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Defining and Using Legal Metrics That Actually Work

October 3, 2023 6 min read
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Legal metrics: “The missing piece”

When it comes to modernizing and accelerating the delivery of legal services, we have come so far. Just a decade ago, we were so much further behind in how we used technology, managed resources, collaborated… just about everything you can think of! It does, however, feel like there is still a missing piece: Metrics. Across Legal, it remains hard to define and use them in a meaningful way.

It’s a big gap. Just think about how much change is happening in the modern legal department… new technology, new approaches, new investments coming in from many directions. If we don’t have meaningful measures that show whether these new initiatives and projects are working, how do we progress? How can we possibly evolve and improve?  Any team committed to bringing discipline and accountability needs some way to gauge direction.

This isn’t about achieving perfection, it’s about getting a sense of direction. We can’t seek to quantify everything but we do need some hard numbers that allow us to make effective decisions.

Why getting Legal metrics right is so hard

This is, after all, common in other parts of the company, other departments and disciplines. So why does it somehow feel harder to do in Legal?

To me there are three main obstacles when it comes to this challenge in Legal… these are the primary gaps that I see holding us back.

Setting baselines is difficult

It’s one of the things that I both love and hate about Legal operations: Everything is new! When you are doing something that is new to you and to the marketplace, it is very hard to define what your current state looks like and what “good” should be. There is no obvious way of setting the standard.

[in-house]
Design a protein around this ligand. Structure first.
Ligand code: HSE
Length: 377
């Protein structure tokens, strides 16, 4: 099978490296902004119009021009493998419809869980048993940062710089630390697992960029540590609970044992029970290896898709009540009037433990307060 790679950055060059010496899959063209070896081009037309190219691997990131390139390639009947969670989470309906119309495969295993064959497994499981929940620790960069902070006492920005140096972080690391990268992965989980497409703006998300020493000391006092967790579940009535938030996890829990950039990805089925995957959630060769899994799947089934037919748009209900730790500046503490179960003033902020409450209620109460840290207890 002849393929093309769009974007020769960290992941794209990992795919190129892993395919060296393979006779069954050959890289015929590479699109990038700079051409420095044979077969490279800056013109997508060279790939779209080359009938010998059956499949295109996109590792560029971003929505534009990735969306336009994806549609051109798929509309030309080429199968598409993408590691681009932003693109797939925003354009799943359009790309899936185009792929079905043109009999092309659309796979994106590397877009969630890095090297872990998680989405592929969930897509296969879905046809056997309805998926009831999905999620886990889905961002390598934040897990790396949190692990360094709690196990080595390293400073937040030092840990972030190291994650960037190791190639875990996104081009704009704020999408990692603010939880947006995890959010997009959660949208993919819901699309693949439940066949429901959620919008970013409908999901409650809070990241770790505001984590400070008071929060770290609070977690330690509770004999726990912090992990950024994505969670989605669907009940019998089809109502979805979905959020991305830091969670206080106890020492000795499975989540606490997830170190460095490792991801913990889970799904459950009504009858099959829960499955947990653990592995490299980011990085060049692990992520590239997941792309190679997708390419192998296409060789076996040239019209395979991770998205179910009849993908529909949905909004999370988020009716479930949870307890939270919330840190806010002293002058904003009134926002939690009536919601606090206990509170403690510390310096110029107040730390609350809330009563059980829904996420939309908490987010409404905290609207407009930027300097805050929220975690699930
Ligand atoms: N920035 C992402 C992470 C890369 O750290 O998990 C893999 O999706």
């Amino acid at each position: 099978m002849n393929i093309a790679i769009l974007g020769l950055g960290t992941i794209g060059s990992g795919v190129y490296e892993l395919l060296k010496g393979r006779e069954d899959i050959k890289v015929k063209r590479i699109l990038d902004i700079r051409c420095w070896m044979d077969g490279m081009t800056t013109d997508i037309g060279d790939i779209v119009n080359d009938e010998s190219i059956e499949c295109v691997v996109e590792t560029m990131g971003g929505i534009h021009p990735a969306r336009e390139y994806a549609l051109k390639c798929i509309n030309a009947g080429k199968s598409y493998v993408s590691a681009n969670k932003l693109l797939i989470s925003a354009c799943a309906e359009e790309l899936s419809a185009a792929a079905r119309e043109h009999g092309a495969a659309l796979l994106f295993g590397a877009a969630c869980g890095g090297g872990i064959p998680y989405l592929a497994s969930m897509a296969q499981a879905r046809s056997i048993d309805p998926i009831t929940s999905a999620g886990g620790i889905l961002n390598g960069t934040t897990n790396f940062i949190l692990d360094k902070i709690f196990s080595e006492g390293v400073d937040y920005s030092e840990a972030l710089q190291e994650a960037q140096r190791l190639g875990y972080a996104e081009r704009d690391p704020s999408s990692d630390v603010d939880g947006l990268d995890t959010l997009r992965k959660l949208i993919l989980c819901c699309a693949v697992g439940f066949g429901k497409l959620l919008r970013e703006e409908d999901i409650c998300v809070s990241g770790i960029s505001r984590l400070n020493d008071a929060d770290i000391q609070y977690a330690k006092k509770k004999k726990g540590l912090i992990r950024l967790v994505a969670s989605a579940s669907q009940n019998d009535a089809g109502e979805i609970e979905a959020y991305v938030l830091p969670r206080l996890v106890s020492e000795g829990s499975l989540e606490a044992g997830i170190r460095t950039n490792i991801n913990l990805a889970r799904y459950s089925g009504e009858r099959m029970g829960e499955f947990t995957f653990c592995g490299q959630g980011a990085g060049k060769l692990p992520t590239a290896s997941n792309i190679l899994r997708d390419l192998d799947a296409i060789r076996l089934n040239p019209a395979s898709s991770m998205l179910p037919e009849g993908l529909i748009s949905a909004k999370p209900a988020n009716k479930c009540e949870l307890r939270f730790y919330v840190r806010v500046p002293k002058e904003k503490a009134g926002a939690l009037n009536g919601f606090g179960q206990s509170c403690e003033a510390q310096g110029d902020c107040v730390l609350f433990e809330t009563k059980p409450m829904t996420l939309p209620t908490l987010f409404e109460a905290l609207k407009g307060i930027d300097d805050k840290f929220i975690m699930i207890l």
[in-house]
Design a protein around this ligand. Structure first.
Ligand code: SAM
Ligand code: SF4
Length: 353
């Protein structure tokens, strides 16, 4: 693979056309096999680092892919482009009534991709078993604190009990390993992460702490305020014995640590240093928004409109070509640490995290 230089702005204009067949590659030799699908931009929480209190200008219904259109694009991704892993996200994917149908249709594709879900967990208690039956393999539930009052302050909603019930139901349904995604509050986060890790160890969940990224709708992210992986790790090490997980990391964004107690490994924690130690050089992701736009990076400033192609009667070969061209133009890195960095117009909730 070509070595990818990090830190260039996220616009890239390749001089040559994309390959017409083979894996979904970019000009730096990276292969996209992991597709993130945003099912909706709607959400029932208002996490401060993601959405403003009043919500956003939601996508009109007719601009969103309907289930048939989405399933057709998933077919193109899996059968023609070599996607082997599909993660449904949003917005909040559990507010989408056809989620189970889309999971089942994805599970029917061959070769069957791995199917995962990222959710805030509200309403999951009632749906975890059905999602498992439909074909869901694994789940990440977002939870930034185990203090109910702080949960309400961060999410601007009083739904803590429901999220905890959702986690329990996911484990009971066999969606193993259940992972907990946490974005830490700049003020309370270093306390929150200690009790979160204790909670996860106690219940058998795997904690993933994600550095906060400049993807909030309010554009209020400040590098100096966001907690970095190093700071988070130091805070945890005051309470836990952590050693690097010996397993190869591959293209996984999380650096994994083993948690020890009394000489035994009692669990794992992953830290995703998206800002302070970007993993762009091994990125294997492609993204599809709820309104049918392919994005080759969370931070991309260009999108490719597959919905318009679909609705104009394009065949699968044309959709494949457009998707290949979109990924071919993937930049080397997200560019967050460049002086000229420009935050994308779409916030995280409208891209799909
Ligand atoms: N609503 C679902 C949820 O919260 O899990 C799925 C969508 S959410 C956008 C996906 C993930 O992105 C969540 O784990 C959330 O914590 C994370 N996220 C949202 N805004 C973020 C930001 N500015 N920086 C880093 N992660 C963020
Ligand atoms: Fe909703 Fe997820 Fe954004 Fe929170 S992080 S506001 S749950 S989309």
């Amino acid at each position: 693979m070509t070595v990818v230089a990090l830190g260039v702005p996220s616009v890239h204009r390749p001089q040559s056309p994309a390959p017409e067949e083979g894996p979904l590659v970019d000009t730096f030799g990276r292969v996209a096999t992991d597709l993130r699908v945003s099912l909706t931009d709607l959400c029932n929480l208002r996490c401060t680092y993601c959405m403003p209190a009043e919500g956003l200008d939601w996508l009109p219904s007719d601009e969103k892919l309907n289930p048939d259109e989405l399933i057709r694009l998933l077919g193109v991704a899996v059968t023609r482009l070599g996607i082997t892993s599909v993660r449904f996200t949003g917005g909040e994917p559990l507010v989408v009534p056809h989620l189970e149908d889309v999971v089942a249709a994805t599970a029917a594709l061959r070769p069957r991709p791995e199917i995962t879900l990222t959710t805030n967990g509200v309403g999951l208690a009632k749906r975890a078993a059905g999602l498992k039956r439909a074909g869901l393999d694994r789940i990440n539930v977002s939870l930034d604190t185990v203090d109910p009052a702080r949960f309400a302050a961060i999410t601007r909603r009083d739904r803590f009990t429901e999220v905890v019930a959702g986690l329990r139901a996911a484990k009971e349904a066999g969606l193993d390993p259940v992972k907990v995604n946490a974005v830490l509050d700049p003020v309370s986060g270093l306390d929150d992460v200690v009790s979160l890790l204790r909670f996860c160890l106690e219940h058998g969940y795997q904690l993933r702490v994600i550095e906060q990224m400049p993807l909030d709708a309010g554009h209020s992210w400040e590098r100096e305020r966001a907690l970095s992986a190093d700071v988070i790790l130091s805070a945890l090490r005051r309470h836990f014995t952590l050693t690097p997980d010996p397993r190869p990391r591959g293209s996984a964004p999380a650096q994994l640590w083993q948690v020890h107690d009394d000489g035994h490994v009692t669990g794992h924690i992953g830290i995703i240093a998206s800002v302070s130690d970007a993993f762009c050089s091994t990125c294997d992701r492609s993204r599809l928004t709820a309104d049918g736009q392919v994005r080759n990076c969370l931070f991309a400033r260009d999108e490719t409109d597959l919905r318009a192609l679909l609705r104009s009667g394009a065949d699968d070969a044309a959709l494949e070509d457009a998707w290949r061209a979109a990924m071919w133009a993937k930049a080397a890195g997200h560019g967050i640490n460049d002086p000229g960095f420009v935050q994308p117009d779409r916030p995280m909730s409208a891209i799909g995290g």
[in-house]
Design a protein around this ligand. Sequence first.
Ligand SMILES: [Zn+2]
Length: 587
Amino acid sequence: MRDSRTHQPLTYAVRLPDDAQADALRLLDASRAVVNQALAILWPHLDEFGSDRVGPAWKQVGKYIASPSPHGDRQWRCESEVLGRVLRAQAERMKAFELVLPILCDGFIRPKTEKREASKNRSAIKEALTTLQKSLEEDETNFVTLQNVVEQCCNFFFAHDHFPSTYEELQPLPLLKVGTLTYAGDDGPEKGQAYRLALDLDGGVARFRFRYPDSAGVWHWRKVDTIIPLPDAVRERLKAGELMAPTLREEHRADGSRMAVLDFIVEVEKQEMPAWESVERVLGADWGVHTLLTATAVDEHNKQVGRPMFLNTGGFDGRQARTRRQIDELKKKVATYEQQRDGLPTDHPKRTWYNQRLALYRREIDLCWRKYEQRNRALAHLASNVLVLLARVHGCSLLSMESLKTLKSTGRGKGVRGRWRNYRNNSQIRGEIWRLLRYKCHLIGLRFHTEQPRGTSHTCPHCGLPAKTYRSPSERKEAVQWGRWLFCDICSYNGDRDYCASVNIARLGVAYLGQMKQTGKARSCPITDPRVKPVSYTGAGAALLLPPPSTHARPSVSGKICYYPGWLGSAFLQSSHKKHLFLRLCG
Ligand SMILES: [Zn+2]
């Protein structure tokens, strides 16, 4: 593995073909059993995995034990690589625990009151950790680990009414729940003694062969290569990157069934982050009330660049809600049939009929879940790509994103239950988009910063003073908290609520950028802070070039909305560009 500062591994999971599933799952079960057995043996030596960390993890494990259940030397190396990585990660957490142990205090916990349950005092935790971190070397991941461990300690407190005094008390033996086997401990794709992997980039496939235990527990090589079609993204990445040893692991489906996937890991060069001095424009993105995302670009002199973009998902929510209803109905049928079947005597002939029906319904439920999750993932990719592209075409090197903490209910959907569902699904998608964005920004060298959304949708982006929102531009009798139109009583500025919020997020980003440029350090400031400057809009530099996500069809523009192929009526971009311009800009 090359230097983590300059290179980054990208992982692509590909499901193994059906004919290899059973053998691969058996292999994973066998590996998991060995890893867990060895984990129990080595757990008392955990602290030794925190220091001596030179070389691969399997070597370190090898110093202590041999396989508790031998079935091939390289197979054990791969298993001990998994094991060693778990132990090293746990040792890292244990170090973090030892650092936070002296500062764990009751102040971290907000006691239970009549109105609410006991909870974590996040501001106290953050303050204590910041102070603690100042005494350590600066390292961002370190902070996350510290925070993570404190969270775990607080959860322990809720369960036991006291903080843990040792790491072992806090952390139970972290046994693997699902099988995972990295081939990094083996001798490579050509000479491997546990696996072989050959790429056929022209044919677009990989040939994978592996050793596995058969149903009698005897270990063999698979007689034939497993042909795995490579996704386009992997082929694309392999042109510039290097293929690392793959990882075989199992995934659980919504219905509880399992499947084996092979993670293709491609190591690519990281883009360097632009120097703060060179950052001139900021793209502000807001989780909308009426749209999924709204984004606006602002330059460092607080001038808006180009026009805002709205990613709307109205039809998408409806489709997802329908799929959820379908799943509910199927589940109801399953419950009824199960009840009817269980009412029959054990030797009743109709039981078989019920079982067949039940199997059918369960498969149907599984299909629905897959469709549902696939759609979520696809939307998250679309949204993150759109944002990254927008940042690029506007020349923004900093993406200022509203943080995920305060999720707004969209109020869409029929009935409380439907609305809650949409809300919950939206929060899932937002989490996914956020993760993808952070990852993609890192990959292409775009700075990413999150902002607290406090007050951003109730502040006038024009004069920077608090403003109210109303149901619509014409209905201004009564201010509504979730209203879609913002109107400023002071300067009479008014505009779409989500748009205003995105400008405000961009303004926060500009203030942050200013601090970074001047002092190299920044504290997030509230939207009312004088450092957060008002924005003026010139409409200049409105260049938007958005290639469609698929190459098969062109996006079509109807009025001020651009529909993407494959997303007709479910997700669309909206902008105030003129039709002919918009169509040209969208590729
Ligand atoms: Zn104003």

Say you are advocating for a new contracts management system and someone asks you to estimate its expected ROI (a fair question!). One obvious place to start would be to calculate the potential improvement in turnaround times. The problem, of course, is that most Legal teams don’t have a robust contract management system today and couldn’t accurately tell you what their turnaround times are now. Same thing with the ratio of first-party vs. third-party paper, or how much time will be saved with self service contracts.

Teams aren’t set up to collect data

Collecting data in the right way is neither straightforward nor easy. To be valuable, it must be collected in a consistent and clean way, and that usually requires some kind of infrastructure investment. Even if you have a technology platform, there is almost always substantial additional work required to redesign people and processes to ensure proper data collection. And even after you’ve finally gotten there, it could be a full year before you’re able to generate a baseline or start to see patterns or trends.

Legal operations people tend to be overloaded as it is. They lack the time and energy to gather metrics-grade data effectively. This isn’t to say we can’t do it at all – but we have to constantly ask ourselves, is the level of effort worth the return? If it requires heavy manual intervention and time, when is it truly worth it?

Metrics aren’t always oriented towards making decisions

So let’s say you solve the first two hurdles and are able to collect data… the next challenge is vital: How will you use it?

Because collecting data that doesn’t drive action costs time at every level, from analysts and line employees all the way up to senior management. Any amount of time spent on it that doesn’t lead to the potential of a new choice or course of action is wasted.

To be effective, metrics must be simple enough to understand and clearly connected to a possible decision or action. Most of the metric-gathering efforts I see fall well short of this bar.

A better way

There has to be a better way. To me, it comes down to bringing common sense and clarity to the way we approach metric-setting. With that in mind, here are a few core principles I would lean into when designing metrics.

Keep it simple, keep it relevant

As you begin to define metrics, resist swinging from one extreme – not measuring anything – to another: Attempting to measure everything. That isn’t just an invitation to waste time, it is actively harmful to decision-making.

The temptation to throw a lot of numbers at people (especially at leaders or lawyers!) usually comes not from confidence, but insecurity. One of the surest ways to know someone doesn’t understand their business is when they show you 10 slides with dozens of metrics on each of them. What, exactly, are you showing here? Why does it matter?